It turns out that they knew what they were doing.

Visual Distraction Part Two – Costume Design

Another major point of contention is the costume design and color scheme. As the curtain rises, we see Violetta on her death bed surrounded by everyone that would be with her – Alfredo, Germont, Dr. Grenvil, Anina, and the unnamed sister. As the prelude develops, Violetta awakens while the others remain frozen in place. She is conscious at the very moment of her demise and the approach seems to be to show her “life flash before her eyes.”

There have been statements that mention it all being a fever dream or something to that effect, but that never quite develops in anyway outside of bombastic colors and a ghost that shows up in the third act – another setup with no further development or payoff.

The first act’s celebration looks like it came out of a Disney movie with Alfredo dressed up in a suit reminiscent of the Prince from “Beauty and the Beast” and the chorus making silly synchronized movements with their arms at a few points in the score. What makes them standout more (and not in a great way) is that these movements are rather infrequent, thus seemingly feeling like they were thrown in to have the chorus do something once in a while; the rest of the time, they stand around in a manner reminiscent of the Vegas “Rigoletto.” Unfortunately, the aggressive colors that they wear make them an unnecessary and unintentional distraction throughout the first act.

Perhaps the biggest mishap in terms of wardrobe was the lack of attention placed on Germont’s own look. Little attempt was made to make Quinn Kelsey look like the father of Juan Diego Flórez; instead, he looked like his brother of the same age. Throw in the daughter, who also looked of a similar age, and you really start causing yourself some major issues from a visual aspect. We can accept the relationship if we know the opera, but not everyone in the audience is going to come with that understanding and it could definitely lead to confusion and lack of credibility in the story. Perhaps other artists can make it work (like Plácido Domingo in the Spring run), but this cast is headed to HD broadcasts around the world where all kinds of audiences, including opera neophytes, will be watching.

Unfocused Staging 

Mayer’s choices with regards to the staging were far from exemplary. For example, you had characters repeating the same actions multiple times. During both of Germont’s arias, Alfredo takes his place in the same seat on stage left (he seemed to do everything on that seat throughout the night). From there he would get up and walk toward the bed. During “Di Provenza,” he sat down on the bed. By the time the second aria came around and he made the same exact movement, you almost anticipated that he would sit on the bed again. While he didn’t, the problem was clear.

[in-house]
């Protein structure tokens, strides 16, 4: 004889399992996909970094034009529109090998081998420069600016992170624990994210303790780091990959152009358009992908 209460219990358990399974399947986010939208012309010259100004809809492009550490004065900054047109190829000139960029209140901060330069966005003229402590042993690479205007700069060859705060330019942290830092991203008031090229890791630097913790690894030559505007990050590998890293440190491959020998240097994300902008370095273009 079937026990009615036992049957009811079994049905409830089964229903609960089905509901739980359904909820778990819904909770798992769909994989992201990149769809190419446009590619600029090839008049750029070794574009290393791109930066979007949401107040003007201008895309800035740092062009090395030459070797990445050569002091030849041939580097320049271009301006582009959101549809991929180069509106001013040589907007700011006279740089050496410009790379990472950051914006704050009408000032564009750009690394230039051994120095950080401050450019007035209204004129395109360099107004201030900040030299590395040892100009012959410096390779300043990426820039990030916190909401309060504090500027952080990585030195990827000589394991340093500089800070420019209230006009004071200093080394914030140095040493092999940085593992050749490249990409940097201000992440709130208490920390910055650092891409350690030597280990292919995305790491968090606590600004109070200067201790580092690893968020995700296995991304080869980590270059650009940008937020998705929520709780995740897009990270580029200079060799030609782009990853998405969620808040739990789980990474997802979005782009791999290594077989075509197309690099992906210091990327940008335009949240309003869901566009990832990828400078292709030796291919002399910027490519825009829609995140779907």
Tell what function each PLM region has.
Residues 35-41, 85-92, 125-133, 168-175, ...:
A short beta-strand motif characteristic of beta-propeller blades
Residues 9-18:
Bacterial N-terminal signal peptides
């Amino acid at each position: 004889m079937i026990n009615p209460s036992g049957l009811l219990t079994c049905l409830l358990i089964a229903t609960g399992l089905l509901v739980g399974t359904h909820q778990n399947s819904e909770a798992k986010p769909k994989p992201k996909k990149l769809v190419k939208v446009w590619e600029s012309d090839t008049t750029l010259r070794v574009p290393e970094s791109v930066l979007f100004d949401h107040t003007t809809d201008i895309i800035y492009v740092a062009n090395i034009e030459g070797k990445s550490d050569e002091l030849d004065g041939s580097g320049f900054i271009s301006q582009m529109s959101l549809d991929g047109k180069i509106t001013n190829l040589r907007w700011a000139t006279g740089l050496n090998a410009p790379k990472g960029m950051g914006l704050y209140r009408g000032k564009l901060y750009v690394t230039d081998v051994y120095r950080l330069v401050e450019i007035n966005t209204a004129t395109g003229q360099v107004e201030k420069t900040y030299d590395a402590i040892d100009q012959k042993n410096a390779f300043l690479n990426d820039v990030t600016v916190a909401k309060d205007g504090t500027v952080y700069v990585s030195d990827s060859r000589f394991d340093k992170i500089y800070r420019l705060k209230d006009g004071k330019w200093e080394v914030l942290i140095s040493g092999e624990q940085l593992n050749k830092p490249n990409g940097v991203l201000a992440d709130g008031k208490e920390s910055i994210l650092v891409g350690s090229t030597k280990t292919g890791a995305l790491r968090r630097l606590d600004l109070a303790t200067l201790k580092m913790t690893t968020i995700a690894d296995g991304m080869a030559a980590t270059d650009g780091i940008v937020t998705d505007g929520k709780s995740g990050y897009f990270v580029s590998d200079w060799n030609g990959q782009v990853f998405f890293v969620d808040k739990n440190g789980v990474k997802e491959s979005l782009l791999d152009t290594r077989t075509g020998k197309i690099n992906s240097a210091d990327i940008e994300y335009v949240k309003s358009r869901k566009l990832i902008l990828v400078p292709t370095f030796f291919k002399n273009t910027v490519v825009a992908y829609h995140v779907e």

The arias themselves pose a challenge as Germont is basically asking for the same thing from his son in both, so it takes a strong director to find a narrative arc to make them work. Decker had Germont slap Alfredo right before “No, no udrai rimproveri” and then tasked the father with seeking out his son’s forgiveness after practically imposing on him throughout “Di Provenza.” But Mayer had no such ideas for the scene and it played out exactly the same both times, making the second aria feel like superfluous  from a dramatic standpoint.

During “Parigi, o cara,” both Diana Damrau and Flórez sat at the bed in what was a gorgeous moment of intimacy. Suddenly, Alfredo stands up from the bed and drags the sick Violetta from her bed as the music heats up. It was actually kind of awkward seeing the poor, dying Violetta try to make her way to the front of the stage; you felt like Alfredo was being a bit negligent. But you stick with it because perhaps there will be an arrival point. But the result was that the singers just stood and sang without moving from the spot. This was yet another instance of Mayer setting up something that wouldn’t develop past the original beat.

Flórez was made to roam around the stage throughout his “O mio rimorso,” clumsily putting on his boot and jacket while he sang through the famed cabaletta. There has been a tendency by many modern opera directors to have singers roam around as opposed to having them stand put and let the music tell the story, perhaps with the idea that movement will engage the viewer more than static imagery. But it is in moments like “O mio rimoroso” and the standing from the bed in “Parigi, o cara” that one is reminded that movement does not automatically make a staging look more realistic or “alive” unless it has a clear intention and direction behind it. This was often not the case in this production.

To Mayer’s credit, the framework that he gave Damrau to carve out her own characterization of the doomed courtesan was a positive contribution to the production and the third Act, with the exception of the ghost,” was undeniably the best of the three Acts from a dramatic standpoint.